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Most original studies and all meta-analyses conducted to date converge on the conclusion that patients with schizophrenia display rather generalized neurocognitive deficits. For the present study, we reopen this seemingly closed chapter and examine whether important influences, such as lack of motivation and negative attitudes towards cognitive assessment, result in poorer secondary neuropsychological performance.
A sample of 50 patients with an established diagnosis of schizophrenia were tested for routine neurocognitive assessment and compared to 60 nonclinical volunteers. Before and after the assessment, subjective momentary influences were examined (e.g. motivation, concerns about assessment, fear about poor outcome) for their impact on performance using a new questionnaire called the Momentary Influences, Attitudes and Motivation Impact (MIAMI) on Cognitive Performance Scale.
As expected, patients performed significantly worse than controls on all neurocognitive domains tested (large effect size, on average). However, patients also displayed more subjective momentary impairment, as well as more fears about the outcome and less motivation than controls. Mediation analyses indicated that these influences contributed to (secondary) poorer neurocognitive performance. Differences in neurocognitive scores shrank to a medium effect size, on average, when MIAMI scores were accounted for.
The data argue that performance on measures of neurocognition in schizophrenia are to a considerable extent due to secondary factors. Poor motivation, fears and momentary impairments distinguished patients from controls and these variables heavily impacted performance. Before concluding that neurocognitive deficits in psychiatric patients are present, clinicians should take these confounding influences into account. Although patients with schizophrenia achieved, on average, worse test scores than controls, a large subgroup displayed spared performance.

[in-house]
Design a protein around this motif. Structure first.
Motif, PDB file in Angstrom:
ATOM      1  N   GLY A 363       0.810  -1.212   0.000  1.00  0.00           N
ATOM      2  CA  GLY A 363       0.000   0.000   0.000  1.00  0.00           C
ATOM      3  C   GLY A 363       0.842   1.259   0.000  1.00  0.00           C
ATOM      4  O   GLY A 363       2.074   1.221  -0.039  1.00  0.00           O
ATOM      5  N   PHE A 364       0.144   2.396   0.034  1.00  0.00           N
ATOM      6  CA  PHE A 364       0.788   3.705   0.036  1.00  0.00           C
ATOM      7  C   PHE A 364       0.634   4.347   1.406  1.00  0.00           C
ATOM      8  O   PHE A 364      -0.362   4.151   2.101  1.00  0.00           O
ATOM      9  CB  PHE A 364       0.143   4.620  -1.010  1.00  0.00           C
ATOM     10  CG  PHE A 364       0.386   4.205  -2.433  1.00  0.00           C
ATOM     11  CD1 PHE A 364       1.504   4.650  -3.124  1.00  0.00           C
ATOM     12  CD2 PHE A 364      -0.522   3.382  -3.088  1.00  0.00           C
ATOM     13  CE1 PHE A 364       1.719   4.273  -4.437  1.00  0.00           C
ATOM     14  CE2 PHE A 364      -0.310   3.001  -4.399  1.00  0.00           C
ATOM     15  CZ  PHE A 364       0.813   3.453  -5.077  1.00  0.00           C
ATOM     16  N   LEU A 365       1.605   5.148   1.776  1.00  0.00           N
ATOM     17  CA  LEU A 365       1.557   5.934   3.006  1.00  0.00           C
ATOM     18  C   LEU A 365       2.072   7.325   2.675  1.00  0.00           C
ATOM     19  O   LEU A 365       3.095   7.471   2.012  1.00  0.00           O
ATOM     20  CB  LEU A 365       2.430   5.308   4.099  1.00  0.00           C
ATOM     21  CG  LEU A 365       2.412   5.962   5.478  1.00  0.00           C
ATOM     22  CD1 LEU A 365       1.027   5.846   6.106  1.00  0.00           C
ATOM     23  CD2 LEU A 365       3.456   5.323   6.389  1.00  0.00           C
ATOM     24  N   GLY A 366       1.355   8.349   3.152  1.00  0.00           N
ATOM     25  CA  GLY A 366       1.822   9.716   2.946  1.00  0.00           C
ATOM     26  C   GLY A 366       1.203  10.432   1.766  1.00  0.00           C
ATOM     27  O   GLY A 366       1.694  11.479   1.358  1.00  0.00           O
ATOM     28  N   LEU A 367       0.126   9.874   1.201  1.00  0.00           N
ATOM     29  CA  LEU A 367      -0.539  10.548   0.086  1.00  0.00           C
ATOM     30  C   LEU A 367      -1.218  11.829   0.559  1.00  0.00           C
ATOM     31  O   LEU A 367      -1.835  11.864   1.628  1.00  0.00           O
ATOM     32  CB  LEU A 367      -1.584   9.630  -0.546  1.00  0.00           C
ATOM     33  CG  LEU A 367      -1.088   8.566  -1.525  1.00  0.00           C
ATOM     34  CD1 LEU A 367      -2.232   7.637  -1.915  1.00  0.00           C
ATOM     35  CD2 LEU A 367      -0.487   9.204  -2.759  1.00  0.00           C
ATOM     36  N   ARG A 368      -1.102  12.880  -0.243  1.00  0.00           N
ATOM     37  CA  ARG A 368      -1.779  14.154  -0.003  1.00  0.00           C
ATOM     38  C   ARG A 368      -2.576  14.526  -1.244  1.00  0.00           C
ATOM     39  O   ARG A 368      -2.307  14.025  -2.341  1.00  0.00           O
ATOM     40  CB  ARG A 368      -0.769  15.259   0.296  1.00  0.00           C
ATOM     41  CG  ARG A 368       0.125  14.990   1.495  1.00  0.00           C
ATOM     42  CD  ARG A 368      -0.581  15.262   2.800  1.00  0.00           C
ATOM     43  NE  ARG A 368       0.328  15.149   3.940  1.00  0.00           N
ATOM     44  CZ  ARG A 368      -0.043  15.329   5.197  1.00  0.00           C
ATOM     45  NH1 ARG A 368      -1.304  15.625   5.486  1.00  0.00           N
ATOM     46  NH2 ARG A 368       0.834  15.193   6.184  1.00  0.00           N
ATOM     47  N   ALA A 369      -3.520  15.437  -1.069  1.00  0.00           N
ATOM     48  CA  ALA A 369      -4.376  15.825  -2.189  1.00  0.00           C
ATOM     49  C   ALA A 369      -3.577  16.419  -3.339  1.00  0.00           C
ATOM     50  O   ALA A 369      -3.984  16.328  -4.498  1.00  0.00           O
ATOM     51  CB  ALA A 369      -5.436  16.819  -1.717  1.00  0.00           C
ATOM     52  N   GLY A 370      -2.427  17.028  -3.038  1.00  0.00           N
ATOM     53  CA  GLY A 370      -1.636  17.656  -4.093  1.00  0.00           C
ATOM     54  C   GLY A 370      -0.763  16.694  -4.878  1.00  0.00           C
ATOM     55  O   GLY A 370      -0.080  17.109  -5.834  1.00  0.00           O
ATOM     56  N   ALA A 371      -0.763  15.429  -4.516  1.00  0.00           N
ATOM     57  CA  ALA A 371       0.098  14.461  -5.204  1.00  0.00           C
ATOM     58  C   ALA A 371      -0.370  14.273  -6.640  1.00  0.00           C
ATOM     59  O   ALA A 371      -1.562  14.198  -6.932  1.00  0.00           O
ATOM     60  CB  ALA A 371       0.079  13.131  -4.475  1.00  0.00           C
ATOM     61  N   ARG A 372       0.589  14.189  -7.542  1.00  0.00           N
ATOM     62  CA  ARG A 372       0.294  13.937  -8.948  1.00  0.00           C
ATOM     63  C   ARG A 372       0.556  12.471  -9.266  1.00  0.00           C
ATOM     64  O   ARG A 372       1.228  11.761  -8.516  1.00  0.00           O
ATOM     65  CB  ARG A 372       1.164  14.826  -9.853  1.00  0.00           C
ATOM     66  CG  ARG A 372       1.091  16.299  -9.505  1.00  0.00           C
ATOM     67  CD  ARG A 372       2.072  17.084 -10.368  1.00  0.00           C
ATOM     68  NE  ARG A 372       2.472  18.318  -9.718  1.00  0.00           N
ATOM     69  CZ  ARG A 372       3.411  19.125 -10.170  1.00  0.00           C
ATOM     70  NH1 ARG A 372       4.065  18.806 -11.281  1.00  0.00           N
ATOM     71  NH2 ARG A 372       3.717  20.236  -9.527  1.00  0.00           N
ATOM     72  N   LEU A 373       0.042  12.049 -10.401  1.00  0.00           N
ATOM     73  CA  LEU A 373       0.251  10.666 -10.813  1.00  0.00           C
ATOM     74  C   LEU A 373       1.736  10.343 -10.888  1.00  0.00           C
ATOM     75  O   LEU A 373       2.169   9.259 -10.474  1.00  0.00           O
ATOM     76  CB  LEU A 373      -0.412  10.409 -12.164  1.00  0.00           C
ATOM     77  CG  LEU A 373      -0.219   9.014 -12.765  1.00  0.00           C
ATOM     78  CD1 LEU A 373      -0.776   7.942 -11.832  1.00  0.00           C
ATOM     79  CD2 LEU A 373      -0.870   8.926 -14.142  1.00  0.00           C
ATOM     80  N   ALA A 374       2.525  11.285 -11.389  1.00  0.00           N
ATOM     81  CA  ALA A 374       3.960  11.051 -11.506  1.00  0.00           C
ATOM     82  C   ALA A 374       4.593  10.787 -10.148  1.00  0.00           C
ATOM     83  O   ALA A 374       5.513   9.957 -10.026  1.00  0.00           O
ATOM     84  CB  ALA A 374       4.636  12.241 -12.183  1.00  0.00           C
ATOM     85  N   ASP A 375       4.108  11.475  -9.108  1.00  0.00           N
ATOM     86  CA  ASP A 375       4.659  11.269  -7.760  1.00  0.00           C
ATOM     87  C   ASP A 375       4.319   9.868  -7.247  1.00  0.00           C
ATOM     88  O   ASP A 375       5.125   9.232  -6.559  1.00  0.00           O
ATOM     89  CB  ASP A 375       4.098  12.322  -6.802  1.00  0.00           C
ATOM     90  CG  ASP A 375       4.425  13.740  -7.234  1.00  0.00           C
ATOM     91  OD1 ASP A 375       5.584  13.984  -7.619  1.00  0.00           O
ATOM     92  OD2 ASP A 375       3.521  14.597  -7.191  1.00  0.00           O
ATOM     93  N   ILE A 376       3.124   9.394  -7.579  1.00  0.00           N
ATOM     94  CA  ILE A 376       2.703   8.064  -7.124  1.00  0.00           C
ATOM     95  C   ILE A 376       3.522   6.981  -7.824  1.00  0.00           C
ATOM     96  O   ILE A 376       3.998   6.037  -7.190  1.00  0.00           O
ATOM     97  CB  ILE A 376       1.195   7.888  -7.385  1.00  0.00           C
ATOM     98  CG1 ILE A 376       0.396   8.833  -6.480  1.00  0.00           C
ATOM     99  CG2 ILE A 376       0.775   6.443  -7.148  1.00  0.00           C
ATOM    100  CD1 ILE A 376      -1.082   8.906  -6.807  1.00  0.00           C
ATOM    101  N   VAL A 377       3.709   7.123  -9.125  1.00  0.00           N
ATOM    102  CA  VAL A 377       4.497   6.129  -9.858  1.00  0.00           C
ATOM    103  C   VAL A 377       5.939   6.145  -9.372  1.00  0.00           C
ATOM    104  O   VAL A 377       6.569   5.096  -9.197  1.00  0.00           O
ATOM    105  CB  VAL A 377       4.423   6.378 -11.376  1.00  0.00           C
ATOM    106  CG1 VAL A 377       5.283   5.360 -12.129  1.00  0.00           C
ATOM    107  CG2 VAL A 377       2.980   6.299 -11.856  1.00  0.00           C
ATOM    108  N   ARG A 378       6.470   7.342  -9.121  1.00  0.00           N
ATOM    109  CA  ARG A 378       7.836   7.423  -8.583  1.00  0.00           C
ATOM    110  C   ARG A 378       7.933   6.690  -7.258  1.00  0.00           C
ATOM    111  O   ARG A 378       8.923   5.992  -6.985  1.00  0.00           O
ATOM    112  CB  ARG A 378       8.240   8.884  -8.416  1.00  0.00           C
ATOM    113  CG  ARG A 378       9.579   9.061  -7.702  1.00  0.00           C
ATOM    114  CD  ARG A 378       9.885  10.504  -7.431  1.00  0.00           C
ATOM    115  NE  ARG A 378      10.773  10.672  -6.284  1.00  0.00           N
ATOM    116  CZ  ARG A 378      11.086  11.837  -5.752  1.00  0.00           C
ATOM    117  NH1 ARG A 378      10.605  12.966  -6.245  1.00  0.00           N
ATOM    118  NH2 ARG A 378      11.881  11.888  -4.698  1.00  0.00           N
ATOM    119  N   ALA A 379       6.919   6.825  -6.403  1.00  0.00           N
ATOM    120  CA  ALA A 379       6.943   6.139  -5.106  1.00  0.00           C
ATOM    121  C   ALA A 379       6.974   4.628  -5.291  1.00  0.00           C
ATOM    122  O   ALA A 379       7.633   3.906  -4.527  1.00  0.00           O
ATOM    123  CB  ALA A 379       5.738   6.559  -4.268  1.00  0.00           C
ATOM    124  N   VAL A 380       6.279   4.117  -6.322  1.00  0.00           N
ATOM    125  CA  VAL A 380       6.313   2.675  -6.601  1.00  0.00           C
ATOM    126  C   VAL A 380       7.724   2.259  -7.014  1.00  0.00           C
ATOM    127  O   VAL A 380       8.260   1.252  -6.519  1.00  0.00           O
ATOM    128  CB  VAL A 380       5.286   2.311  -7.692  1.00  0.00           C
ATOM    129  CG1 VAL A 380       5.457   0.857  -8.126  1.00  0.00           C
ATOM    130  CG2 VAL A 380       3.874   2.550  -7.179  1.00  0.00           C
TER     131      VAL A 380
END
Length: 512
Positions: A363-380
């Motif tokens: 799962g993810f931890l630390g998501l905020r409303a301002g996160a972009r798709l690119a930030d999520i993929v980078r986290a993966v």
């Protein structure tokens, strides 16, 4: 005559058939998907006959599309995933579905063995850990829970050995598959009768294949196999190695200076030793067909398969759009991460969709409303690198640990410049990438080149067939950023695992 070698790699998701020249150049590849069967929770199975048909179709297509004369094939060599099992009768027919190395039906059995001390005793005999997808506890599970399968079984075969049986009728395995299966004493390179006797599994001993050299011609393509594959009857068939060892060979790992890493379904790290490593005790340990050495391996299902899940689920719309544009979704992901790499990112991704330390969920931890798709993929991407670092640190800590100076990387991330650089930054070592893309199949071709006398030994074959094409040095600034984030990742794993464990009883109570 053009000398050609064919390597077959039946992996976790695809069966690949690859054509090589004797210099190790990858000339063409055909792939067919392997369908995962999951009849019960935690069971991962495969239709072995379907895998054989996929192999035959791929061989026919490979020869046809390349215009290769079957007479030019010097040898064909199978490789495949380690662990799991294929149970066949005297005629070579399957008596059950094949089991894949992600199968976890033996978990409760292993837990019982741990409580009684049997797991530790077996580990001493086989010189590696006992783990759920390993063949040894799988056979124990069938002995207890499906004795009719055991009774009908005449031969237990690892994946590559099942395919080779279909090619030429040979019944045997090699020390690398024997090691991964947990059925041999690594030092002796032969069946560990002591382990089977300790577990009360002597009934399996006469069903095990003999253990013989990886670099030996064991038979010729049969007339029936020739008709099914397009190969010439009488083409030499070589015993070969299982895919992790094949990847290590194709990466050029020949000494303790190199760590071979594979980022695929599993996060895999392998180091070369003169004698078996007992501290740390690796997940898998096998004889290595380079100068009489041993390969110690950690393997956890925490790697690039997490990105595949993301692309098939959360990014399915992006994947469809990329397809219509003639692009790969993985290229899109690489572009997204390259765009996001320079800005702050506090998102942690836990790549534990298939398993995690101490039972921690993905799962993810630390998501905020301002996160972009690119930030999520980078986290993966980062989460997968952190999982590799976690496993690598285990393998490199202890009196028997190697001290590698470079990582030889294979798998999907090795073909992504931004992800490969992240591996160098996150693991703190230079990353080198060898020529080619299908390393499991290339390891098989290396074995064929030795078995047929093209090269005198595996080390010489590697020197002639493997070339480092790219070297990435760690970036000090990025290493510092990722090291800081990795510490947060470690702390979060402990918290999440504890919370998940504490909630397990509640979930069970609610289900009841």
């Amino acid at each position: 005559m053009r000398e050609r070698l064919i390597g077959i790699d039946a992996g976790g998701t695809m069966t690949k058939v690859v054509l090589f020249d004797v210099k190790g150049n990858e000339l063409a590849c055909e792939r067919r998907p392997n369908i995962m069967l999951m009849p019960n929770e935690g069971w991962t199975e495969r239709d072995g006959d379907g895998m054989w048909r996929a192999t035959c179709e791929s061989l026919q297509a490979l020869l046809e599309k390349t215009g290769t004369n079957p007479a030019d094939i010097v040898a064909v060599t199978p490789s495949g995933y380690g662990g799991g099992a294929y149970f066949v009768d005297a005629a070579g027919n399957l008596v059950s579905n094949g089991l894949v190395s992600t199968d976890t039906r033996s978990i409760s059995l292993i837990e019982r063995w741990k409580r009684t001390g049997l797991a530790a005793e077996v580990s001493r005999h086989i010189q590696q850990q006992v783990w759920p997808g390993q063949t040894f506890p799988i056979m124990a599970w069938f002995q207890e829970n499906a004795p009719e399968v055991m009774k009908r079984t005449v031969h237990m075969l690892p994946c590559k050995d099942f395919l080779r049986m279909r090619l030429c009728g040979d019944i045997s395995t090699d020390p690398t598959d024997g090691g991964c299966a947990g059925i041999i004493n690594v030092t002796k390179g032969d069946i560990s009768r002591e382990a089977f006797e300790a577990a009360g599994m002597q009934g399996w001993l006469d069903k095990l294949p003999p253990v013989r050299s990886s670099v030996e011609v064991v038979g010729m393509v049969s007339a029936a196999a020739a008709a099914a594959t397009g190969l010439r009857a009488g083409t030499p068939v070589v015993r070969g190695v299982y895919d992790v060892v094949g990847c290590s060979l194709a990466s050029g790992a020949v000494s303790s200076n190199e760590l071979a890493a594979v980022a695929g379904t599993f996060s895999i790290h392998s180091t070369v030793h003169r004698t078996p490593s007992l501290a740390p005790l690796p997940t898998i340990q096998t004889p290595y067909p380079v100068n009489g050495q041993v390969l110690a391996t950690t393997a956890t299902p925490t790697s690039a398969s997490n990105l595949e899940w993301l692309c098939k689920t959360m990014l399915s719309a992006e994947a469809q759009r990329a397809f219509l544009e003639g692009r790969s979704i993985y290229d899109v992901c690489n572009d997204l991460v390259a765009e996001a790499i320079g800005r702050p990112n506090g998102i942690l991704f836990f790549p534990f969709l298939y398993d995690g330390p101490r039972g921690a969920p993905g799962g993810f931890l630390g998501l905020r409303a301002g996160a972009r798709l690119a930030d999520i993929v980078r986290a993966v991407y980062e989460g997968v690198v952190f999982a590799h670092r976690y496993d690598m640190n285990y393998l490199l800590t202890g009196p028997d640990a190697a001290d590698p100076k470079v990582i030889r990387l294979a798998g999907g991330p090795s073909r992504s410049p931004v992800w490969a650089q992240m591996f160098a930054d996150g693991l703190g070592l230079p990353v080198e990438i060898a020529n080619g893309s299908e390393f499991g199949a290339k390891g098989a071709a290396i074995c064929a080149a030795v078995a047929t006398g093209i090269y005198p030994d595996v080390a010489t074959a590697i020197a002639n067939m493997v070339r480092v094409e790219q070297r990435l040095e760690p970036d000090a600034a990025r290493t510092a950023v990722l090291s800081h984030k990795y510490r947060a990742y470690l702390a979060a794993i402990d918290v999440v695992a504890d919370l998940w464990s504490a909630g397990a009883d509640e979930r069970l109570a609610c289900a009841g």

Resilience is the capacity of individuals to resist mental disorders despite exposure to stress. Little is known about its neural underpinnings. The putative variation of white-matter microstructure with resilience in adolescence, a critical period for brain maturation and onset of high-prevalence mental disorders, has not been assessed by diffusion tensor imaging (DTI). Lower fractional anisotropy (FA) though, has been reported in the corpus callosum (CC), the brain's largest white-matter structure, in psychiatric and stress-related conditions. We hypothesized that higher FA in the CC would characterize stress-resilient adolescents.
Three groups of adolescents recruited from the community were compared: resilient with low risk of mental disorder despite high exposure to lifetime stress (n = 55), at-risk of mental disorder exposed to the same level of stress (n = 68), and controls (n = 123). Personality was assessed by the NEO-Five Factor Inventory (NEO-FFI). Voxelwise statistics of DTI values in CC were obtained using tract-based spatial statistics. Regional projections were identified by probabilistic tractography.
Higher FA values were detected in the anterior CC of resilient compared to both non-resilient and control adolescents. FA values varied according to resilience capacity. Seed regional changes in anterior CC projected onto anterior cingulate and frontal cortex. Neuroticism and three other NEO-FFI factor scores differentiated non-resilient participants from the other two groups.
High FA was detected in resilient adolescents in an anterior CC region projecting to frontal areas subserving cognitive resources. Psychiatric risk was associated with personality characteristics. Resilience in adolescence may be related to white-matter microstructure.
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